A seminal 1811 map of the Spanish colonial Viceroyalty of New Spain
in North America (present day Mexico
and the American
West), and the Southern U.S., by Alexander von Humboldt
- Humboldt, who during his lifetime was considered the world's greatest living man, composed this map during his 1803 sojourn in New Spain (Mexico). Though often playing second fiddle to Humboldt's more regional "Carte Generale du Royaume de la Nouvelle Espagne", published in the same volume, this map is a cartographic achievement in its own right and, as Wheat notes "An Important Map."
- Covering from Alta California to Connecticut and from the Great Salt Lake (here Timpanagos) to Honduras, this extraordinary map not only includes most of the important cartographic innovations introduced in Carte Generale du Royaume de la Nouvelle Espagne , it also frames this information in context with much of the territory that in the coming years would be subsumed into the expanding United States.
- Humboldt spent part of 1803 and 1804 living in Mexico City as a guest of the Spanish Crown. As such he had access to rarely seen explorer's accounts and earlier mappings available in the Mexico City archives. These he combined with information from his own travels and explorations, as well as indigenous cartographic traditions and his own theoretical understanding of geography, to create this landmark mapping of the North American southwest - the most sophisticated and advanced treatment of the region yet seen.
- Among the significant advancements apparent on this map are Humboldt's connection of Fiedler and Mackenzie's Stoney Mountains, today the Rocky Mountains, with the Cordilleras of Mexico. Humboldt also correctly maps the course of the Rio Gila as is passes north and west of Tubscon (Tuscon). To the east of the Rocky Mountains, a burst of remarkable insight enables Humboldt to correctly unite the Nepeste and Arkansas Rivers. The Great Plains Humboldt curiously associates with Cibola, one of the seven legendary cities of gold, but in actuality a former Hopi settlement in modern day New Mexico. Humboldt was a great fan in indigenous cartographic knowledge, which he incorporates here with regard to the Aztec migration myth of Lake Teguayo - which he associates with Lake Timpanagos or Great Salt Lake. The is a common though likely erroneous connection which Humboldt was not the first to make.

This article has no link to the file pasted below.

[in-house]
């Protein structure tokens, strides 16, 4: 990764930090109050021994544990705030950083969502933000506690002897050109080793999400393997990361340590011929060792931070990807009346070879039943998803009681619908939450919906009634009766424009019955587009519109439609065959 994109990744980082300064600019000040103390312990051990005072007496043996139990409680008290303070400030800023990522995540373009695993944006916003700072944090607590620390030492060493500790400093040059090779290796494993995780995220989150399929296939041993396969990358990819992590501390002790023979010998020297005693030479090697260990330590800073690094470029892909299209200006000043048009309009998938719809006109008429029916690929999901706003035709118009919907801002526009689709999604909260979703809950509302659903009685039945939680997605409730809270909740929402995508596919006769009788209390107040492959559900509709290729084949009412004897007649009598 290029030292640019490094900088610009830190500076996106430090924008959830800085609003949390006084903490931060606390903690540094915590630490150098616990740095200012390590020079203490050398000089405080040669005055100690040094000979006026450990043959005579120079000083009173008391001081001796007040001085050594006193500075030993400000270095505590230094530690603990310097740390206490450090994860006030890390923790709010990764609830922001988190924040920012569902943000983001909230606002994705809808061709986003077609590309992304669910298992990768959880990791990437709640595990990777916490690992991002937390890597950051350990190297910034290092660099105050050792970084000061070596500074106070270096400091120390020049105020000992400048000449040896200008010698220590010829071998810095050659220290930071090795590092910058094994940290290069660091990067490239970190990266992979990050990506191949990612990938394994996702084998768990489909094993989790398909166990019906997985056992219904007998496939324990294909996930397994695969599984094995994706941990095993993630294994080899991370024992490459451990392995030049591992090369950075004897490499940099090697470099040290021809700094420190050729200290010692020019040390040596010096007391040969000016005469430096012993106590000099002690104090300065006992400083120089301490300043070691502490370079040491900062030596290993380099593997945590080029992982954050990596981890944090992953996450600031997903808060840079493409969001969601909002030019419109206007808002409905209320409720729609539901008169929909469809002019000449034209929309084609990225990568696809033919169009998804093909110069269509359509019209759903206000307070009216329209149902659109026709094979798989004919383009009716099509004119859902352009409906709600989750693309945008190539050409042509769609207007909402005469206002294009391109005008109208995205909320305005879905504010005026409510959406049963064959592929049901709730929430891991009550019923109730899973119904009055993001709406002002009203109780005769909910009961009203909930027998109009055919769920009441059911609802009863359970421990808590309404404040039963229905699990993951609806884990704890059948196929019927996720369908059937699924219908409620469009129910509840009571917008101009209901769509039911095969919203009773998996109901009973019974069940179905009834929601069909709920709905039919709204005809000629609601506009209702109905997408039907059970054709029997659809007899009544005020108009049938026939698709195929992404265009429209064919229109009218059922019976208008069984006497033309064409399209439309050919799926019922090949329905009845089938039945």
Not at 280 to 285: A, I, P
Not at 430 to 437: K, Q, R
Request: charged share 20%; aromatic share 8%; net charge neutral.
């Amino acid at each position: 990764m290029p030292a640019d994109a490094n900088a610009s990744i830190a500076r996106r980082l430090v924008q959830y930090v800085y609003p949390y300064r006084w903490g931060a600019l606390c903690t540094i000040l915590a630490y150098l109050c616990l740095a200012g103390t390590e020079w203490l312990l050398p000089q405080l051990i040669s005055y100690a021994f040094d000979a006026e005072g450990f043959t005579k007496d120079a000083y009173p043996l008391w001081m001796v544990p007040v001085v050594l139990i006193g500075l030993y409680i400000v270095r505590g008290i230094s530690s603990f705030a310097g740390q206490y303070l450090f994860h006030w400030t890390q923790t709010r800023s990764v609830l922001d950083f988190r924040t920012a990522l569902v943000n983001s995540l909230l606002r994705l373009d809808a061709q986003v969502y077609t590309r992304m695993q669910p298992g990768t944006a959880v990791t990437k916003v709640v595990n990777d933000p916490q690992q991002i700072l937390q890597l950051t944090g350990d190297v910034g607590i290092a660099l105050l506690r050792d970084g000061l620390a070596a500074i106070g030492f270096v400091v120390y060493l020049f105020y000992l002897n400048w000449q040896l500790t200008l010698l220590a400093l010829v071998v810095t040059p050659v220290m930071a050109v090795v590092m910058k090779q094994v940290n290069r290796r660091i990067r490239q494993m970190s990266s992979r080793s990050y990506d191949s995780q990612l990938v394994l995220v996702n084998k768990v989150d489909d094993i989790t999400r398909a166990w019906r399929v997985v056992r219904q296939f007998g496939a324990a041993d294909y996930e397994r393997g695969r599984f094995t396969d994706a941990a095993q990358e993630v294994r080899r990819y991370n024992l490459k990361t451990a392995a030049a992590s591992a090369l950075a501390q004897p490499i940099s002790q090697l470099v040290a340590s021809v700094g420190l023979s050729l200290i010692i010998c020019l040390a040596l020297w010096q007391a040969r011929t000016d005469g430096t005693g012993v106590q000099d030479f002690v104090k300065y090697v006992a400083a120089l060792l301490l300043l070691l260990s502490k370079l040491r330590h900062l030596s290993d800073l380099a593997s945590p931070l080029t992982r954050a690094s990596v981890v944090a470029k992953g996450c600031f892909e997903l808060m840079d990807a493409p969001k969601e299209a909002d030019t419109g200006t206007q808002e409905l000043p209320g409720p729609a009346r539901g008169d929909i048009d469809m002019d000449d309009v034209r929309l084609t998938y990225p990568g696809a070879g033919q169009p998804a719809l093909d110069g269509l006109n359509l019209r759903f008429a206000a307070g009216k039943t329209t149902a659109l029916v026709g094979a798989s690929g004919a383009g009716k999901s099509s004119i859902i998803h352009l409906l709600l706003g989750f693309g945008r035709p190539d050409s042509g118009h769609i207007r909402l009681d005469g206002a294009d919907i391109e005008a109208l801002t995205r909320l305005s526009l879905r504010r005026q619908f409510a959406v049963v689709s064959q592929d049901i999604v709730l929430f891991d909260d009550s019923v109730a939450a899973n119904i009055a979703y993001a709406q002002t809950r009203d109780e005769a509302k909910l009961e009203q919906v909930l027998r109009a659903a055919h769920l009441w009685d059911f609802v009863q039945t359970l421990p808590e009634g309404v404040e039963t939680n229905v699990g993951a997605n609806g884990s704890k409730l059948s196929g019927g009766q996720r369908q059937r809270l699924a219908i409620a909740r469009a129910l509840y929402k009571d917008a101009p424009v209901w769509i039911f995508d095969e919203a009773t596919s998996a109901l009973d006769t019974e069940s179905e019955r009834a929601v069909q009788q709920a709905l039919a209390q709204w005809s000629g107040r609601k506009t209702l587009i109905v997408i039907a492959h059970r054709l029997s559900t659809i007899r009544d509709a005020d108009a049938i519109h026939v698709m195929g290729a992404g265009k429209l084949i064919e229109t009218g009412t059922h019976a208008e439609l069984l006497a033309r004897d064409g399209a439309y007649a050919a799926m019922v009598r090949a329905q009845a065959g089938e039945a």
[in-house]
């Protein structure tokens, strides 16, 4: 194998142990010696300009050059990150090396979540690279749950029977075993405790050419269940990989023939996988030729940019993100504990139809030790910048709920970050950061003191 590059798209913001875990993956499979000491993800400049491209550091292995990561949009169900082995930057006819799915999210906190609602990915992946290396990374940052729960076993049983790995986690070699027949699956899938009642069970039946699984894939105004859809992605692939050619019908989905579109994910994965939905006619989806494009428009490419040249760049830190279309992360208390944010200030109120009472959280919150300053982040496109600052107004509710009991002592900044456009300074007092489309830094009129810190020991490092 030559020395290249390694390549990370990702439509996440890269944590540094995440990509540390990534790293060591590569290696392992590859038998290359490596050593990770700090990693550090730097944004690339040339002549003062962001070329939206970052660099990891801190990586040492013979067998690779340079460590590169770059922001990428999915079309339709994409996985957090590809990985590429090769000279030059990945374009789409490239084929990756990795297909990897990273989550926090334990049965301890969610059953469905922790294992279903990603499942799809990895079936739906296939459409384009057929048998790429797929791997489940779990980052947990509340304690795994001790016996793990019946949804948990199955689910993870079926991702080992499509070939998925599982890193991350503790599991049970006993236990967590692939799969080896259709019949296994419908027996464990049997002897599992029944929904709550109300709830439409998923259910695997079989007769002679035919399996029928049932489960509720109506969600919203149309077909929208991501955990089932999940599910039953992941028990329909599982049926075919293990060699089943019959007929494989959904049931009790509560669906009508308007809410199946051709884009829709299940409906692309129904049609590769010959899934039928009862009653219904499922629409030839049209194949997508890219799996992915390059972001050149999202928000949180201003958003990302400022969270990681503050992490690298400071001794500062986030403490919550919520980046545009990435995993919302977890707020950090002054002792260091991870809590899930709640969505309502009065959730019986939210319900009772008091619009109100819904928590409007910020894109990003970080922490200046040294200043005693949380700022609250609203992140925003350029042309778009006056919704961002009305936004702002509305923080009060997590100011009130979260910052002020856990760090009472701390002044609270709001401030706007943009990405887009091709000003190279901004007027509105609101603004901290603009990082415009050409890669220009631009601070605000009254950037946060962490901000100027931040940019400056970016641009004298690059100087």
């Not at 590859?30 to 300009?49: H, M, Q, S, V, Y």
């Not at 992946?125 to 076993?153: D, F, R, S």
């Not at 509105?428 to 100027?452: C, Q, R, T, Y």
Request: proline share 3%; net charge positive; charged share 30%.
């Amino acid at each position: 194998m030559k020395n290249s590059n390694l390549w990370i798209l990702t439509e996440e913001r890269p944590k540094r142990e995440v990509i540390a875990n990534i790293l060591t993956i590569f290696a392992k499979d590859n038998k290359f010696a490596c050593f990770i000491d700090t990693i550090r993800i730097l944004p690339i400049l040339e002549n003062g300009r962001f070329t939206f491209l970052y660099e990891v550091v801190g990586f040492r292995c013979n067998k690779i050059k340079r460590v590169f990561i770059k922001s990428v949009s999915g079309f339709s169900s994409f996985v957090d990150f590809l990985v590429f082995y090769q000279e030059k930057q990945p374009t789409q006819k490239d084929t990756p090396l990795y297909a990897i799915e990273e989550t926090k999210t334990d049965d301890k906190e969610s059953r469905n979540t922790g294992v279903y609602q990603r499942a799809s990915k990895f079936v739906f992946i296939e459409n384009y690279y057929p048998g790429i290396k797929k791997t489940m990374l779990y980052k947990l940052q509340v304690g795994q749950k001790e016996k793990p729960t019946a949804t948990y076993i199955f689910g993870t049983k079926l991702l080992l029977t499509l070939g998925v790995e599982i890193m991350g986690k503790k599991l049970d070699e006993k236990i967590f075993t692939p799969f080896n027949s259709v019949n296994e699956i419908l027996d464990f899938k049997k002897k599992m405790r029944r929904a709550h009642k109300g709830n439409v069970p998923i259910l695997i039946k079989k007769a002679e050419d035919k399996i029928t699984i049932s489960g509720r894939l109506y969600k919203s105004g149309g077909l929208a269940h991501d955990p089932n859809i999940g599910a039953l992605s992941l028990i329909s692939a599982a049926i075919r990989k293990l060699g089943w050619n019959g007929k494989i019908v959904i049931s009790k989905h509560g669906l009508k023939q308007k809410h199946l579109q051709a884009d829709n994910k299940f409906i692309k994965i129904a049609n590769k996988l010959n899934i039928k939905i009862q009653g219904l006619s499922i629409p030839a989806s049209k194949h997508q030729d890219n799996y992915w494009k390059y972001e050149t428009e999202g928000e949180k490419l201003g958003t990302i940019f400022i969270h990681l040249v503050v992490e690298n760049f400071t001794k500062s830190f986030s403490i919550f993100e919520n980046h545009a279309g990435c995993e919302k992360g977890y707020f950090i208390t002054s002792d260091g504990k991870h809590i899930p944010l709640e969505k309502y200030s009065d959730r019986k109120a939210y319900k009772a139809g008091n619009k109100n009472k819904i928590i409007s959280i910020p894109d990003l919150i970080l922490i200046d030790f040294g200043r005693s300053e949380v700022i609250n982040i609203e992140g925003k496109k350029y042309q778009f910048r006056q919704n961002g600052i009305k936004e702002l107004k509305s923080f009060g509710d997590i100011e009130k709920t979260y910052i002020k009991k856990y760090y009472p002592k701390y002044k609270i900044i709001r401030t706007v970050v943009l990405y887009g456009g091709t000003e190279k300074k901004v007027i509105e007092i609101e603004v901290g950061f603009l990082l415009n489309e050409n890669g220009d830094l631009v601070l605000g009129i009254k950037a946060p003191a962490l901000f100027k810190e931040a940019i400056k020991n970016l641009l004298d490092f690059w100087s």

- For the remainder of the map Humboldt draws on a number of sources including the Meria-Escalante expedition (west of the Rocky Mountains), accounts of the voyages of the ships Sutil, and Mexicana (Pacific Coast), the memoir of M. Espinsoa (Pacific Coast), the Lafond map (Louisiana), and the Arrowsmith map (United States). Humboldt's extraordinary cartographic work would remain the authorities document on this region until advanced by the expeditions of Fremont, himself an acknowledged Humboldtian, in the late 1840s.
- For his efforts Humboldt was awarded with honorary Mexican citizenship, which he retained until his death at 87. However, had the Mexican officials who applauded Humboldt seen how his mappings would influence the future shape of their nation, they may have been less than pleased. In May of 1804, Humboldt sailed into Philadelphia. There he befriended Jefferson, Madison, Peale, and other post-colonial American luminaries. Believing in the free and open exchange of scientific data, Humboldt freely shared manuscript copies of his mappings of the American southwest. Shortly before the official 1811 publication of Humboldt's important maps, the priest Hildago shouted the historic 1810 Grito de la Independencia , beginning the Mexican War of Independence. The events that followed led directly to the 1830s Texas Revolution and the 1840s Mexican American War. Humboldt's masterful mappings of the region - of which this is one - gave the United States crucial intelligence that would eventually lead to the U.S. expansion.